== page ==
Android, Video Games Dominate Mobile World Congress
BARCELONA, Spain – Mobile World Congress 2011 served as the official coming out party for the next generation of Google Android smartphones and tablets as 60,000 professionals from 200 countries gathered in Barcelona. Android had a massive, two-floor booth at the annual convention that was packed with all of the new smartphones and tablets shipping in the coming months running off the various Android platforms, including Sony Ericsson's Xperia Play phone, which operates on Gingerbread, and LG's Optimus Pad tablet, which is powered by Honeycomb.
The Android booth featured a huge arcade section where developers from around the world showcased the next generation of mobile games. While graphics and gameplay have improved in the mobile space over the years, the new wave of smartphones and tablets will push the capabilities of these devices to the level of PlayStation 3 or Xbox 360 – and beyond even the best iPhone 4 and iPad games that are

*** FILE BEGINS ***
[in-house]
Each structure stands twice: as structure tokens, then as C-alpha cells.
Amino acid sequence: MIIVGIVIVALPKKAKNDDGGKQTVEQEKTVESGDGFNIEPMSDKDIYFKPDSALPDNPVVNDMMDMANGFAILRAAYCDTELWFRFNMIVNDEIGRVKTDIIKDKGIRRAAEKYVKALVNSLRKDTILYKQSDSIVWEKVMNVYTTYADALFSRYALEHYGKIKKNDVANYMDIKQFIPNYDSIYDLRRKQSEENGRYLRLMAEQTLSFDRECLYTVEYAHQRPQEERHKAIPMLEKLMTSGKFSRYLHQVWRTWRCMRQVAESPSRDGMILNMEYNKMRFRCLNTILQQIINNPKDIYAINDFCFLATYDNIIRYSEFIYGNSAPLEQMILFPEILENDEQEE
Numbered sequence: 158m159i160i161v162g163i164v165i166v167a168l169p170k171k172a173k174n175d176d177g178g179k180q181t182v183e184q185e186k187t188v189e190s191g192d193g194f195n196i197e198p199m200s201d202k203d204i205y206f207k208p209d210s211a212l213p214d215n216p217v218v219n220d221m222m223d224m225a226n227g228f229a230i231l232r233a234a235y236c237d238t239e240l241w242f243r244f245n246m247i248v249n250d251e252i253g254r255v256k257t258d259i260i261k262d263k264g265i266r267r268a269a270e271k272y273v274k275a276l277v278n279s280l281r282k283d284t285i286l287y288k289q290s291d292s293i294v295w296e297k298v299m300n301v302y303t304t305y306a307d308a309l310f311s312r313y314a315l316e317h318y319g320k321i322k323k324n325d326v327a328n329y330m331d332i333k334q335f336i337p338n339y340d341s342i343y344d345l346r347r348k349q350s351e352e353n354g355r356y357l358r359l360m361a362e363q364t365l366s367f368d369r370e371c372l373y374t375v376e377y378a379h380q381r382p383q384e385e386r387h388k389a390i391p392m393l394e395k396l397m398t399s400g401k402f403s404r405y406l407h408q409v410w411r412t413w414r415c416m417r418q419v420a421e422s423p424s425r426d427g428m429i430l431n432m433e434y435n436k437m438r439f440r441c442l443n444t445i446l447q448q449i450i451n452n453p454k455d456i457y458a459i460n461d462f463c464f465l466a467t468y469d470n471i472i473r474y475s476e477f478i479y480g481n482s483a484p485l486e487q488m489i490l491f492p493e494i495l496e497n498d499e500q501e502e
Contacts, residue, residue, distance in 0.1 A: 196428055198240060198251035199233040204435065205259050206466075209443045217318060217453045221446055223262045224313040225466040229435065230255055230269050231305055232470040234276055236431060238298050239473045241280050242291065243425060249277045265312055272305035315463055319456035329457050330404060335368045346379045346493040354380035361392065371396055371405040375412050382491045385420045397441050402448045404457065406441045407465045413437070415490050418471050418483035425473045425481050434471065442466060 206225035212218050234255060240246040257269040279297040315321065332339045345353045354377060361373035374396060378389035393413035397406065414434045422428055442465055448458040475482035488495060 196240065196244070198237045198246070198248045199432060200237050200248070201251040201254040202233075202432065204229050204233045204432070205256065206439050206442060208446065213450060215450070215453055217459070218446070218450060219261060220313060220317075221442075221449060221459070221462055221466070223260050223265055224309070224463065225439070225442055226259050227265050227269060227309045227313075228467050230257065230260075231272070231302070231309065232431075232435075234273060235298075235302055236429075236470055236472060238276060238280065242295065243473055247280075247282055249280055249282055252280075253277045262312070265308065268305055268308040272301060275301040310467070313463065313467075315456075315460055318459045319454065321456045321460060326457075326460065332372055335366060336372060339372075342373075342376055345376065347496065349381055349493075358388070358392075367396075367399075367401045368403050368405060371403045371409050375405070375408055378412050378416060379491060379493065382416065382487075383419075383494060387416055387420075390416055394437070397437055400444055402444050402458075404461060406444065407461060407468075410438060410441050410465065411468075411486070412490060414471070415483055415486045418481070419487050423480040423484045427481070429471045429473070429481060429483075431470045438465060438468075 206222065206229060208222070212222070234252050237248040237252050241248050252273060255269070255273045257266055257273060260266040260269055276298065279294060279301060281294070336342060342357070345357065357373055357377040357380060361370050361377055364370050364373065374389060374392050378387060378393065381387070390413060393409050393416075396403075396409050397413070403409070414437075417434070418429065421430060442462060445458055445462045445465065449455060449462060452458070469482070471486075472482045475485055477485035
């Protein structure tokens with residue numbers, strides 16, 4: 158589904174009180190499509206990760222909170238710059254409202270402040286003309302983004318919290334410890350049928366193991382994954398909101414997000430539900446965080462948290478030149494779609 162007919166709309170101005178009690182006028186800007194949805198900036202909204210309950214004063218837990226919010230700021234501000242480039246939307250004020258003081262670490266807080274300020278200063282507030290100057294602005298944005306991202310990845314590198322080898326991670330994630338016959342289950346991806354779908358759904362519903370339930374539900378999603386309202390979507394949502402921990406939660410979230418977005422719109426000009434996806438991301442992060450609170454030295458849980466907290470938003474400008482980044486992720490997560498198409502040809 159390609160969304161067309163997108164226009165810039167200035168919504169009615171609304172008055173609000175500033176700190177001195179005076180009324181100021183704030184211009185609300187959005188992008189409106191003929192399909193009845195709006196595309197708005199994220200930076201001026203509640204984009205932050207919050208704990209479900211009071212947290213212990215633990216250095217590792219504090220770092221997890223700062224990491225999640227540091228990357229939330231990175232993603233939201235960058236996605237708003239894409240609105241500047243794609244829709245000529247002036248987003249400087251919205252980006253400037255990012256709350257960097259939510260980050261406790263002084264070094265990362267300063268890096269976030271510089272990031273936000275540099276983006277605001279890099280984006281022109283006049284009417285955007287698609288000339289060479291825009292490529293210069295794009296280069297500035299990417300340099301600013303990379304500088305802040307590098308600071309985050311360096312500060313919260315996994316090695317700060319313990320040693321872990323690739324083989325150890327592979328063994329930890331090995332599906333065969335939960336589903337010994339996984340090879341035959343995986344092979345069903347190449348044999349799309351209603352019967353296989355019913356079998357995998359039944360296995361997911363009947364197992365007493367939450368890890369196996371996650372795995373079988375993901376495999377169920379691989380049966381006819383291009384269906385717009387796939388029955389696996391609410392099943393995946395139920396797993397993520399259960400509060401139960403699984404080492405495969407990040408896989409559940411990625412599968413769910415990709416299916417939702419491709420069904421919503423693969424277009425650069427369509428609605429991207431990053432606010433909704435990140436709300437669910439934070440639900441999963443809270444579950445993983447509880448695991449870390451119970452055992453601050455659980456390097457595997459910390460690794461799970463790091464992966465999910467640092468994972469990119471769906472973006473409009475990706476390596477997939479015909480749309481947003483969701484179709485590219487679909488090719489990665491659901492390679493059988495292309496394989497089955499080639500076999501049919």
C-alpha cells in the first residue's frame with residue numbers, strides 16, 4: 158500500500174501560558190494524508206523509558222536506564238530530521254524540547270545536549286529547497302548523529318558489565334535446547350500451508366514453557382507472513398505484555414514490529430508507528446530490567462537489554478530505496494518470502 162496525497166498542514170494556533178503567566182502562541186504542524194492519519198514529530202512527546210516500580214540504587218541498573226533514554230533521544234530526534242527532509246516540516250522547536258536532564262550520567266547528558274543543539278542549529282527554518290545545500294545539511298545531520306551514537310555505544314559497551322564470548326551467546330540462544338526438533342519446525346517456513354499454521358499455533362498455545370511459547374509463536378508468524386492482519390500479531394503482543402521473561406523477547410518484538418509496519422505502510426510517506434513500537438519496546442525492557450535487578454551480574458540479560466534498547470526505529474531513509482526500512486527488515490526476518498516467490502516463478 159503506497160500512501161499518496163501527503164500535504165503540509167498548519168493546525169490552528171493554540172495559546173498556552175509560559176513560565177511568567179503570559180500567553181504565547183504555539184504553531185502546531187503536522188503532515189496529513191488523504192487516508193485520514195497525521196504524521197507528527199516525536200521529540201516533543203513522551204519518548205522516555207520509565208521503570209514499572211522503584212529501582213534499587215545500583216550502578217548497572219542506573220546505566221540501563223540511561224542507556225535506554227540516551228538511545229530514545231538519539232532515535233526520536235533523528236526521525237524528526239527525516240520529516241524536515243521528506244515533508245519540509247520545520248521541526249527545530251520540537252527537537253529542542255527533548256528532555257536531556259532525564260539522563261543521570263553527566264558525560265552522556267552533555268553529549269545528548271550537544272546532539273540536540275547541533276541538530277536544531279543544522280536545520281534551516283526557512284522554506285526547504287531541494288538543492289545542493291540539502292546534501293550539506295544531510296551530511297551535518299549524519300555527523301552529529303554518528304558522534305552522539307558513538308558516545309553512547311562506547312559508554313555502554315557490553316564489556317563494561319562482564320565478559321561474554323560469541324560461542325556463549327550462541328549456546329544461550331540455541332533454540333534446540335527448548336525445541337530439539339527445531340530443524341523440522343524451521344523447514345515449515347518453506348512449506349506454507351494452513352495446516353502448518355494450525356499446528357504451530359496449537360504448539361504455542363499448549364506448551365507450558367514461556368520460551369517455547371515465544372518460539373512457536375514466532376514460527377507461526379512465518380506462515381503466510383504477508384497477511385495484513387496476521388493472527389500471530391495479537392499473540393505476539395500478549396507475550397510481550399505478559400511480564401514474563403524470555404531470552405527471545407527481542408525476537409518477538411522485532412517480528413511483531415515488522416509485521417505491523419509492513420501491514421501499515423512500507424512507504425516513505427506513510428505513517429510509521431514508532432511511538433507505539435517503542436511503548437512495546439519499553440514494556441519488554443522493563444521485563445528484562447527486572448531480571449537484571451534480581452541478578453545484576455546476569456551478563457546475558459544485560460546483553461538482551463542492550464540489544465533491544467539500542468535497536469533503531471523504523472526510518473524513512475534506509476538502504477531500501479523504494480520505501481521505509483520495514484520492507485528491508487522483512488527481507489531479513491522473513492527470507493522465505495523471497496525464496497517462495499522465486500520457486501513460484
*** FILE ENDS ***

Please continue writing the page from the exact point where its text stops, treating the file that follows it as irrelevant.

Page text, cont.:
currently on the market.
"Video games drive the mobile business because they're the best showcase of what these new devices can really do," said Gonzague de Vallois, senior vice president of publishing at Gameloft, one of the largest mobile game companies in the world. "Our experience in the console market is helping us deliver quality titles to these new devices for the mobile market."